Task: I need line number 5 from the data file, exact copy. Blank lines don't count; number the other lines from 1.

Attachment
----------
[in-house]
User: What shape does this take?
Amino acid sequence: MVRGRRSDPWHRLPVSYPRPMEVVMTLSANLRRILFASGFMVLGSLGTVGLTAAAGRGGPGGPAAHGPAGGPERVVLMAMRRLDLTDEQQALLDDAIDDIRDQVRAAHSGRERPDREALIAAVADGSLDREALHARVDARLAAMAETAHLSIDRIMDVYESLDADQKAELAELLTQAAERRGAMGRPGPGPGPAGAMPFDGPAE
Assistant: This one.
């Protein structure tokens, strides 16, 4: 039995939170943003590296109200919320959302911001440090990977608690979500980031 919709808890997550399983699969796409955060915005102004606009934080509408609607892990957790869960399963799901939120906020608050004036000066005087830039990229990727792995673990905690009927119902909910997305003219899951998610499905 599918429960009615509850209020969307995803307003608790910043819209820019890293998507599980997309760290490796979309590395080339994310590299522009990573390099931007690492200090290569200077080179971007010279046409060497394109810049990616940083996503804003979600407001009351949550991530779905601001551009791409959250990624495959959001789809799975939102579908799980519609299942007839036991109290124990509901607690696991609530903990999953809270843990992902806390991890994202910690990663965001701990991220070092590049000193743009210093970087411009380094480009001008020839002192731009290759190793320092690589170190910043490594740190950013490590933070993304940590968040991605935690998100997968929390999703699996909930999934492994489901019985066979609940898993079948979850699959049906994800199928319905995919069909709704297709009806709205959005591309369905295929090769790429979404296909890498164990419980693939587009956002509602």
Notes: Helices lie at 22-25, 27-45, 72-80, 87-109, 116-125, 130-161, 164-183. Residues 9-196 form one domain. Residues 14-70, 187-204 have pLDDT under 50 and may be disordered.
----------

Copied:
């Protein structure tokens, strides 16, 4: 039995939170943003590296109200919320959302911001440090990977608690979500980031 919709808890997550399983699969796409955060915005102004606009934080509408609607892990957790869960399963799901939120906020608050004036000066005087830039990229990727792995673990905690009927119902909910997305003219899951998610499905 599918429960009615509850209020969307995803307003608790910043819209820019890293998507599980997309760290490796979309590395080339994310590299522009990573390099931007690492200090290569200077080179971007010279046409060497394109810049990616940083996503804003979600407001009351949550991530779905601001551009791409959250990624495959959001789809799975939102579908799980519609299942007839036991109290124990509901607690696991609530903990999953809270843990992902806390991890994202910690990663965001701990991220070092590049000193743009210093970087411009380094480009001008020839002192731009290759190793320092690589170190910043490594740190950013490590933070993304940590968040991605935690998100997968929390999703699996909930999934492994489901019985066979609940898993079948979850699959049906994800199928319905995919069909709704297709009806709205959005591309369905295929090769790429979404296909890498164990419980693939587009956002509602």